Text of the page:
Voters Sick Of Crisis Politics, Want A Balanced Solution To Sequester
The public wants Congress to put aside crisis-to-crisis politics and start acting on behalf of the middle class, seniors, and working families, rather than the wealthiest Americans.
Two weeks ago, we watched President Obama’s State of the Union address with 44 swing voters (including 11 unmarried women) in Denver, Colorado. As they watched the speech, the voters registered their moment-to-moment responses using state-of-the-art perception analyzer technology. After the speech, we conducted in-depth focus groups with the participants.
Nearly all of the voters in the group liked what they heard. Even those who began the night skeptical of the president left the speech hopeful that he will take action on some of his key policy proposals. Unmarried women, in particular, could not understand how Washington could let a series of brutal cuts happen as the recovery lags and many are struggling to make ends meet.
Here are some of the strongest reactions the group had to the president’s speech. Watch for Democrats line in blue, independents in green, Republicans in red, and unmarried women in yellow.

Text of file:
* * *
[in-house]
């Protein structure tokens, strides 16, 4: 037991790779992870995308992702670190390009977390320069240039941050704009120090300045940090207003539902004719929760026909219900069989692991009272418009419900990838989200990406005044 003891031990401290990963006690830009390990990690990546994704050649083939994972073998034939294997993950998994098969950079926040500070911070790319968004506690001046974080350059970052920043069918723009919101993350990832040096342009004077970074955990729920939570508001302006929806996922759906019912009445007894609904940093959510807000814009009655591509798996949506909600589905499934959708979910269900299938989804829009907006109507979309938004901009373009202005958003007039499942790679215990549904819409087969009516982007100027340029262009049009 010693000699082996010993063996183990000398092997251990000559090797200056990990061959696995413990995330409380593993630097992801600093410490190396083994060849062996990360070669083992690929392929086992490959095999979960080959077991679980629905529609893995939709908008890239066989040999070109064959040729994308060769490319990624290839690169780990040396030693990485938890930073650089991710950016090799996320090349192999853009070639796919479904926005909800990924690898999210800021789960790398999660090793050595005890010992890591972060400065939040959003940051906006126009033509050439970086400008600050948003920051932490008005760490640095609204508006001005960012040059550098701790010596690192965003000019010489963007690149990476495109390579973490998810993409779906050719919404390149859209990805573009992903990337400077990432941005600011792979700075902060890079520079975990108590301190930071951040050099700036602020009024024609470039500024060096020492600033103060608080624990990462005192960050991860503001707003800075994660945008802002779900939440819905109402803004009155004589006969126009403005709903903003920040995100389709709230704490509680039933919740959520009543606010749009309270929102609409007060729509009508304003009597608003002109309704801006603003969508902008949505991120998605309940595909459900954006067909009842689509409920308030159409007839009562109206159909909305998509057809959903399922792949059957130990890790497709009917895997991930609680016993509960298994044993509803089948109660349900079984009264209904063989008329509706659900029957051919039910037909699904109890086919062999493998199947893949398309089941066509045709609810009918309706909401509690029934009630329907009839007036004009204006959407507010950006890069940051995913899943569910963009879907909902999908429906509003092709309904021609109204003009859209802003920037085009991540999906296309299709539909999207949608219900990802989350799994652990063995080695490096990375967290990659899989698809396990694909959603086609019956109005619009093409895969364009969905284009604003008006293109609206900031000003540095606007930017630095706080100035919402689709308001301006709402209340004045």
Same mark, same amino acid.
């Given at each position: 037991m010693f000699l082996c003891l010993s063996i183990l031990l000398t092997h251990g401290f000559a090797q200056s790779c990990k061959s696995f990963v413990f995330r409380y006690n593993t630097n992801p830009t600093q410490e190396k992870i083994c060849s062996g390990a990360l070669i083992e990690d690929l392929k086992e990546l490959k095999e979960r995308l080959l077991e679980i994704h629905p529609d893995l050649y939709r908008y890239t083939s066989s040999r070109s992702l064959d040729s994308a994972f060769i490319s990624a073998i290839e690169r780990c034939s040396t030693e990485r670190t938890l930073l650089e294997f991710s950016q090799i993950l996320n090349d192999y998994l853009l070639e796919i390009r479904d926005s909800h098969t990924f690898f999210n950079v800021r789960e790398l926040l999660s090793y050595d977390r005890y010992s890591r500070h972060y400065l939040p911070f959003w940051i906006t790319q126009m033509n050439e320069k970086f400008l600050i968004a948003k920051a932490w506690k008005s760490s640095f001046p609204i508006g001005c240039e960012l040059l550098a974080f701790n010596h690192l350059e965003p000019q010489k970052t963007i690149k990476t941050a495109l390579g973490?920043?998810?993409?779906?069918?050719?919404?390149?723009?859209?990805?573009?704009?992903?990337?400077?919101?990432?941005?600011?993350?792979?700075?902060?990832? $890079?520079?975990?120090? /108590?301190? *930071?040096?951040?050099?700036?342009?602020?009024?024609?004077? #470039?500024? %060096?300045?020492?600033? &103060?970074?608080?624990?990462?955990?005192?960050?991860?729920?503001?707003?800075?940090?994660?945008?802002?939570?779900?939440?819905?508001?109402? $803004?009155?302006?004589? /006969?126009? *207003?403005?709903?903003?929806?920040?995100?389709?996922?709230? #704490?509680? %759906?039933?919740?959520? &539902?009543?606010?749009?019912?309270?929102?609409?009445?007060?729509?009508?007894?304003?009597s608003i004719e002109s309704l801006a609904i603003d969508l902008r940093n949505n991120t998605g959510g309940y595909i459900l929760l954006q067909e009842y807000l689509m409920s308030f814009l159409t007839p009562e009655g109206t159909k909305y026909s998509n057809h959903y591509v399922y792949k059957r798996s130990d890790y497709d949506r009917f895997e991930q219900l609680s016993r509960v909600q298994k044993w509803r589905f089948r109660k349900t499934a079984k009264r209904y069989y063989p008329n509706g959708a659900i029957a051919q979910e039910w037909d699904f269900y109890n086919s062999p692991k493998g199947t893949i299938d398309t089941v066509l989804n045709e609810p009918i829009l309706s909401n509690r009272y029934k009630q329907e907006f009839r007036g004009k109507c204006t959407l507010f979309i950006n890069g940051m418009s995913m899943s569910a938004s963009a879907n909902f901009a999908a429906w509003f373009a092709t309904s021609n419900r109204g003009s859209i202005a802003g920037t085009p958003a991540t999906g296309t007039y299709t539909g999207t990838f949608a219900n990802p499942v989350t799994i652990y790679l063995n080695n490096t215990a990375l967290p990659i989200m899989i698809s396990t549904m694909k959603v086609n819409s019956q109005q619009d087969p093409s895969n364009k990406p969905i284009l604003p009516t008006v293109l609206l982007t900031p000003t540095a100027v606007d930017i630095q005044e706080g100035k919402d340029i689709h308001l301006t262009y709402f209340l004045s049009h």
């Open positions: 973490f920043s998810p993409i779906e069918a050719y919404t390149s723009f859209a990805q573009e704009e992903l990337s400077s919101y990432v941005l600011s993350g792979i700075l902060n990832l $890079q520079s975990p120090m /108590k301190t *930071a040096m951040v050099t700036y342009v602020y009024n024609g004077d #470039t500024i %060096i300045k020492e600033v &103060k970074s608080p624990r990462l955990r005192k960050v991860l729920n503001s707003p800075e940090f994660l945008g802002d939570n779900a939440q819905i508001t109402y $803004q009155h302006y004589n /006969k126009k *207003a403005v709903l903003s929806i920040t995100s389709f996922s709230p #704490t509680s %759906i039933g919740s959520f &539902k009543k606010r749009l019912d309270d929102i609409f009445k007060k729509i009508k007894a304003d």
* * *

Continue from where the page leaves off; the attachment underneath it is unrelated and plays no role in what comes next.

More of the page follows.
Voters react sharply against sequester cuts. Independents and unmarried women spiked high when it came to protecting education, jobs training, Medicare and Social Security.
Democrats and Independents responded strongly when the president talked about pay equity. Unmarried women were especially responsive, hitting 93 out of 100 on the dial meter.
The president’s call to raise the minimum wage produced a huge spike in support among Democrats, Independents, and unmarried women, while Republican lines dropped.
Democrats, Independents, and unmarried women spiked on closing tax loopholes that benefit the “well off and well connected.”
The fundamental right to vote got a big response from all lines as the president related the story of the 102-year-old voter who waited hours to vote. Unmarried women surpassed all others, topping out at 88.